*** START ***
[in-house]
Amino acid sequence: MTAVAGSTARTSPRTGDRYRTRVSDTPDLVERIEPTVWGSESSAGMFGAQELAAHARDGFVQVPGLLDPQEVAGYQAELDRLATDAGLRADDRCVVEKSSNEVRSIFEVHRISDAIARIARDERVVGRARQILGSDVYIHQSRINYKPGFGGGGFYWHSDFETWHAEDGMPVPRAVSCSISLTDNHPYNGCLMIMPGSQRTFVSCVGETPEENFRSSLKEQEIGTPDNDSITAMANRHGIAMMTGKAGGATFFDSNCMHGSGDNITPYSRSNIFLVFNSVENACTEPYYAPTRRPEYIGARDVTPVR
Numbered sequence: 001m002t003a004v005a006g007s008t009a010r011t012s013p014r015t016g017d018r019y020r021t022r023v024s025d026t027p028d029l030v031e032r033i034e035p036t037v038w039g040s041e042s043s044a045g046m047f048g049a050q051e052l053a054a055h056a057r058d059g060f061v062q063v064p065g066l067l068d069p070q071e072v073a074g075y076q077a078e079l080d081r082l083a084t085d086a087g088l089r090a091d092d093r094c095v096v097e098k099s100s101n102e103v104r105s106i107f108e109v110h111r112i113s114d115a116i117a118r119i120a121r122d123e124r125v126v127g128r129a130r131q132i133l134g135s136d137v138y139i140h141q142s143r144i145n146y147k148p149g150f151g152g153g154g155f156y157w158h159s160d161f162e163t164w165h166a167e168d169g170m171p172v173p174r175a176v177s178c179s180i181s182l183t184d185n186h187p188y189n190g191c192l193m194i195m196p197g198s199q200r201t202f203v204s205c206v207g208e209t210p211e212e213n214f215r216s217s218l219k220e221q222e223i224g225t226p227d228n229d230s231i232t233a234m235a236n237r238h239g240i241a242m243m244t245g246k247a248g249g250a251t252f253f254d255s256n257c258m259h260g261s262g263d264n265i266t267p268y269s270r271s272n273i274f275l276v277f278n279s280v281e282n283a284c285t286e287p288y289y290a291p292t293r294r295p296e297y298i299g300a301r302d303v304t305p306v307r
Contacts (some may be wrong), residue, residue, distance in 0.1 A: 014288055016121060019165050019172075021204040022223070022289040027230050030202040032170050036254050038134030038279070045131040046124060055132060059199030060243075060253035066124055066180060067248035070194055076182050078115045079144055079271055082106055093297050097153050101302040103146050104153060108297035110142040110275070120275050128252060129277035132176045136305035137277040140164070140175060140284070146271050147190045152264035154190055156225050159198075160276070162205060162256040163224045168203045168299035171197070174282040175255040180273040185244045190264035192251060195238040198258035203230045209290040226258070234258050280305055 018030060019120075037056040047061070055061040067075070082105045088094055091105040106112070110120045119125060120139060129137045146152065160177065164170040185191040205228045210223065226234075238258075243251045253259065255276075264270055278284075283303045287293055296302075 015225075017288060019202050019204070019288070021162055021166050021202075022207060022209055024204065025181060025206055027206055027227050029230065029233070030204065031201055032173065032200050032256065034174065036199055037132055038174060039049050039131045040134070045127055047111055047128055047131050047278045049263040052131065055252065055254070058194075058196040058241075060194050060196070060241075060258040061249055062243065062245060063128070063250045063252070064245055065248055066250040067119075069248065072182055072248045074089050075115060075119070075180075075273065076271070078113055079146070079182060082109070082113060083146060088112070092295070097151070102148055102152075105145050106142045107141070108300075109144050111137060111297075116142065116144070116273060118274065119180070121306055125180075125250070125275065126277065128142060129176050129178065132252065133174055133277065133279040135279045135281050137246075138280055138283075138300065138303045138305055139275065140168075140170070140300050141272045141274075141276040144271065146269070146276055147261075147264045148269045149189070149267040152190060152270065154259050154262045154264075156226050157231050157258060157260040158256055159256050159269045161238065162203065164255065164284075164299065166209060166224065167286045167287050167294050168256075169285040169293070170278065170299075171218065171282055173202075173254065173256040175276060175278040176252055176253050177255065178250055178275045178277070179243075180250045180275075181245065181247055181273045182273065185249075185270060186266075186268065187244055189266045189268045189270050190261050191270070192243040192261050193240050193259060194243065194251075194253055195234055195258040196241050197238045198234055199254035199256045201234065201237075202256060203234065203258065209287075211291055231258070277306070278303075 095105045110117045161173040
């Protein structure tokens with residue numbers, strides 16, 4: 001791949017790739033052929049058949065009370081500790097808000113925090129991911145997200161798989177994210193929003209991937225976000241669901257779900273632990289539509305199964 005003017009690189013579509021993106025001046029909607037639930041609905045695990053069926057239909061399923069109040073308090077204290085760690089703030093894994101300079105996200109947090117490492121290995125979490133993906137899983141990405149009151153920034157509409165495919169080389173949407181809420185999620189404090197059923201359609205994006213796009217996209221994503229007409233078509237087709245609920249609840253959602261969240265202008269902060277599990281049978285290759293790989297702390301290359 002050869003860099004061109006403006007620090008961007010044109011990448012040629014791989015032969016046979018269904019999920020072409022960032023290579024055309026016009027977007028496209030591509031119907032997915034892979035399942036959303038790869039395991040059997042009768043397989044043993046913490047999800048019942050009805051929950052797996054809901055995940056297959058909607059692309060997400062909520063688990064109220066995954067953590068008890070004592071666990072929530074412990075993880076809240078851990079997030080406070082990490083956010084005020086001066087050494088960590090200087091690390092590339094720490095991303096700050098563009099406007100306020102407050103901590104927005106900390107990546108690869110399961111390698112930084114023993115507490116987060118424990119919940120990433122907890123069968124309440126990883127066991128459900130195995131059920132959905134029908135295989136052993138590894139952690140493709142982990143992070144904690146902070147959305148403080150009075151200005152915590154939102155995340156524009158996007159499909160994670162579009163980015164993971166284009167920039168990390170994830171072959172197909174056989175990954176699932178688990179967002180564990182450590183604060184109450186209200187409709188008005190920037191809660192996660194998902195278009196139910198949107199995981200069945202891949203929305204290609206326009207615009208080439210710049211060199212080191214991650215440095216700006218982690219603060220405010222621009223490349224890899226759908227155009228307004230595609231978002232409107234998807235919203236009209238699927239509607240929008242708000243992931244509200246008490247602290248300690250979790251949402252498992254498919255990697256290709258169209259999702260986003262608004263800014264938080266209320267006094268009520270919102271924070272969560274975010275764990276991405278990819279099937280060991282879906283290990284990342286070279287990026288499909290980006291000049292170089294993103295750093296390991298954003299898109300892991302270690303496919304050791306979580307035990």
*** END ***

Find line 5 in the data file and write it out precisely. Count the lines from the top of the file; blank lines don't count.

């Protein structure tokens with residue numbers, strides 16, 4: 001791949017790739033052929049058949065009370081500790097808000113925090129991911145997200161798989177994210193929003209991937225976000241669901257779900273632990289539509305199964 005003017009690189013579509021993106025001046029909607037639930041609905045695990053069926057239909061399923069109040073308090077204290085760690089703030093894994101300079105996200109947090117490492121290995125979490133993906137899983141990405149009151153920034157509409165495919169080389173949407181809420185999620189404090197059923201359609205994006213796009217996209221994503229007409233078509237087709245609920249609840253959602261969240265202008269902060277599990281049978285290759293790989297702390301290359 002050869003860099004061109006403006007620090008961007010044109011990448012040629014791989015032969016046979018269904019999920020072409022960032023290579024055309026016009027977007028496209030591509031119907032997915034892979035399942036959303038790869039395991040059997042009768043397989044043993046913490047999800048019942050009805051929950052797996054809901055995940056297959058909607059692309060997400062909520063688990064109220066995954067953590068008890070004592071666990072929530074412990075993880076809240078851990079997030080406070082990490083956010084005020086001066087050494088960590090200087091690390092590339094720490095991303096700050098563009099406007100306020102407050103901590104927005106900390107990546108690869110399961111390698112930084114023993115507490116987060118424990119919940120990433122907890123069968124309440126990883127066991128459900130195995131059920132959905134029908135295989136052993138590894139952690140493709142982990143992070144904690146902070147959305148403080150009075151200005152915590154939102155995340156524009158996007159499909160994670162579009163980015164993971166284009167920039168990390170994830171072959172197909174056989175990954176699932178688990179967002180564990182450590183604060184109450186209200187409709188008005190920037191809660192996660194998902195278009196139910198949107199995981200069945202891949203929305204290609206326009207615009208080439210710049211060199212080191214991650215440095216700006218982690219603060220405010222621009223490349224890899226759908227155009228307004230595609231978002232409107234998807235919203236009209238699927239509607240929008242708000243992931244509200246008490247602290248300690250979790251949402252498992254498919255990697256290709258169209259999702260986003262608004263800014264938080266209320267006094268009520270919102271924070272969560274975010275764990276991405278990819279099937280060991282879906283290990284990342286070279287990026288499909290980006291000049292170089294993103295750093296390991298954003299898109300892991302270690303496919304050791306979580307035990």